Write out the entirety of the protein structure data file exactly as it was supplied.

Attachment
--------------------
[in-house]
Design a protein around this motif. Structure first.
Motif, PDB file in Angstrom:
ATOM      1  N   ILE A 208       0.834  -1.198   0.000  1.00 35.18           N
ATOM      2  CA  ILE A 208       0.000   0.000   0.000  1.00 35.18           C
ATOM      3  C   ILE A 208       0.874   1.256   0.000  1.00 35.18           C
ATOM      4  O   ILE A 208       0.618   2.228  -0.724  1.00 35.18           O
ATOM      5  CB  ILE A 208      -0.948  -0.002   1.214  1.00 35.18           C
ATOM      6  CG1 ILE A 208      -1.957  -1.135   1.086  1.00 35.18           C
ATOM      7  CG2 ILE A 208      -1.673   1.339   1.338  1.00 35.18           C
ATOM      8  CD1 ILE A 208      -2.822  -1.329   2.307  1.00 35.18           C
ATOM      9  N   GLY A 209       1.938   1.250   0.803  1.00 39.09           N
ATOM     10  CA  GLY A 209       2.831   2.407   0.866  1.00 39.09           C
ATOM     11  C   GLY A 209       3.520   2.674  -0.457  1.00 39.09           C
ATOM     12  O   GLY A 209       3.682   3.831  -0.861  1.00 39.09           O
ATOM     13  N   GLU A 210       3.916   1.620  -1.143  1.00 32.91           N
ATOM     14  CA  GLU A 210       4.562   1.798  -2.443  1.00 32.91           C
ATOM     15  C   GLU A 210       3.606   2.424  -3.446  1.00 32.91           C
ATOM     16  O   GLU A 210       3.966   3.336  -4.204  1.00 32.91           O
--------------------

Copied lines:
[in-house]
Design a protein around this motif. Structure first.
Motif, PDB file in Angstrom:
ATOM      1  N   ILE A 208       0.834  -1.198   0.000  1.00 35.18           N
ATOM      2  CA  ILE A 208       0.000   0.000   0.000  1.00 35.18           C
ATOM      3  C   ILE A 208       0.874   1.256   0.000  1.00 35.18           C
ATOM      4  O   ILE A 208       0.618   2.228  -0.724  1.00 35.18           O
ATOM      5  CB  ILE A 208      -0.948  -0.002   1.214  1.00 35.18           C
ATOM      6  CG1 ILE A 208      -1.957  -1.135   1.086  1.00 35.18           C
ATOM      7  CG2 ILE A 208      -1.673   1.339   1.338  1.00 35.18           C
ATOM      8  CD1 ILE A 208      -2.822  -1.329   2.307  1.00 35.18           C
ATOM      9  N   GLY A 209       1.938   1.250   0.803  1.00 39.09           N
ATOM     10  CA  GLY A 209       2.831   2.407   0.866  1.00 39.09           C
ATOM     11  C   GLY A 209       3.520   2.674  -0.457  1.00 39.09           C
ATOM     12  O   GLY A 209       3.682   3.831  -0.861  1.00 39.09           O
ATOM     13  N   GLU A 210       3.916   1.620  -1.143  1.00 32.91           N
ATOM     14  CA  GLU A 210       4.562   1.798  -2.443  1.00 32.91           C
ATOM     15  C   GLU A 210       3.606   2.424  -3.446  1.00 32.91           C
ATOM     16  O   GLU A 210       3.966   3.336  -4.204  1.00 32.91           O